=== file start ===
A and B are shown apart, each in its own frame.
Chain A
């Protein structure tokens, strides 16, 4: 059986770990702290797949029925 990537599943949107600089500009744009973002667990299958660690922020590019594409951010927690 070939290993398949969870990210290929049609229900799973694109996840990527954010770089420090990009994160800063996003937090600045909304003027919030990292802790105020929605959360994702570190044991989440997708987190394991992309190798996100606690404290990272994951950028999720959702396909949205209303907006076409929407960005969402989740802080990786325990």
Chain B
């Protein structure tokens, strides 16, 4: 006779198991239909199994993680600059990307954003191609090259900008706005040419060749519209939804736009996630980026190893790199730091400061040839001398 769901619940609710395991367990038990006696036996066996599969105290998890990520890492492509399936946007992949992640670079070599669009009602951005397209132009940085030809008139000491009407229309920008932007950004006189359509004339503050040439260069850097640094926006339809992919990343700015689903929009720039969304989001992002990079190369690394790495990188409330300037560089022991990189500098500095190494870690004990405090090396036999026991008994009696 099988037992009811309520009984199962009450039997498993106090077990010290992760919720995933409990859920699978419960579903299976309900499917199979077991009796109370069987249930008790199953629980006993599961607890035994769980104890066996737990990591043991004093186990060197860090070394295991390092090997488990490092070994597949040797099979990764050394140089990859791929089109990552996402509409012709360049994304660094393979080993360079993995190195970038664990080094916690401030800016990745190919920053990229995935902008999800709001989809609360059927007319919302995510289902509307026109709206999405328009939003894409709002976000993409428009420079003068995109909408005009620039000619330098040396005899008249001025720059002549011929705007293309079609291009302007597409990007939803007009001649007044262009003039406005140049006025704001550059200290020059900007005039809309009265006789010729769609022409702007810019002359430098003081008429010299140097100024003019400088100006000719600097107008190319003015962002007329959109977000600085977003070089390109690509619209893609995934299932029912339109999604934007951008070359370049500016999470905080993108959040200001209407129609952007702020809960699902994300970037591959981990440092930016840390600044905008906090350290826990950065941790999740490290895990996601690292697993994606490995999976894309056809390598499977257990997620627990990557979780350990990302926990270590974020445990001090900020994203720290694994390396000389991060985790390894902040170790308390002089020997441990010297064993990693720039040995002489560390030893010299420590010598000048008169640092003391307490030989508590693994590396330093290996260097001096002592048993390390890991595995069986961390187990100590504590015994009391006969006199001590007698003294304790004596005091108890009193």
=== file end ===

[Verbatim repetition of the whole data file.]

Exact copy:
A and B are shown apart, each in its own frame.
Chain A
């Protein structure tokens, strides 16, 4: 059986770990702290797949029925 990537599943949107600089500009744009973002667990299958660690922020590019594409951010927690 070939290993398949969870990210290929049609229900799973694109996840990527954010770089420090990009994160800063996003937090600045909304003027919030990292802790105020929605959360994702570190044991989440997708987190394991992309190798996100606690404290990272994951950028999720959702396909949205209303907006076409929407960005969402989740802080990786325990």
Chain B
């Protein structure tokens, strides 16, 4: 006779198991239909199994993680600059990307954003191609090259900008706005040419060749519209939804736009996630980026190893790199730091400061040839001398 769901619940609710395991367990038990006696036996066996599969105290998890990520890492492509399936946007992949992640670079070599669009009602951005397209132009940085030809008139000491009407229309920008932007950004006189359509004339503050040439260069850097640094926006339809992919990343700015689903929009720039969304989001992002990079190369690394790495990188409330300037560089022991990189500098500095190494870690004990405090090396036999026991008994009696 099988037992009811309520009984199962009450039997498993106090077990010290992760919720995933409990859920699978419960579903299976309900499917199979077991009796109370069987249930008790199953629980006993599961607890035994769980104890066996737990990591043991004093186990060197860090070394295991390092090997488990490092070994597949040797099979990764050394140089990859791929089109990552996402509409012709360049994304660094393979080993360079993995190195970038664990080094916690401030800016990745190919920053990229995935902008999800709001989809609360059927007319919302995510289902509307026109709206999405328009939003894409709002976000993409428009420079003068995109909408005009620039000619330098040396005899008249001025720059002549011929705007293309079609291009302007597409990007939803007009001649007044262009003039406005140049006025704001550059200290020059900007005039809309009265006789010729769609022409702007810019002359430098003081008429010299140097100024003019400088100006000719600097107008190319003015962002007329959109977000600085977003070089390109690509619209893609995934299932029912339109999604934007951008070359370049500016999470905080993108959040200001209407129609952007702020809960699902994300970037591959981990440092930016840390600044905008906090350290826990950065941790999740490290895990996601690292697993994606490995999976894309056809390598499977257990997620627990990557979780350990990302926990270590974020445990001090900020994203720290694994390396000389991060985790390894902040170790308390002089020997441990010297064993990693720039040995002489560390030893010299420590010598000048008169640092003391307490030989508590693994590396330093290996260097001096002592048993390390890991595995069986961390187990100590504590015994009391006969006199001590007698003294304790004596005091108890009193």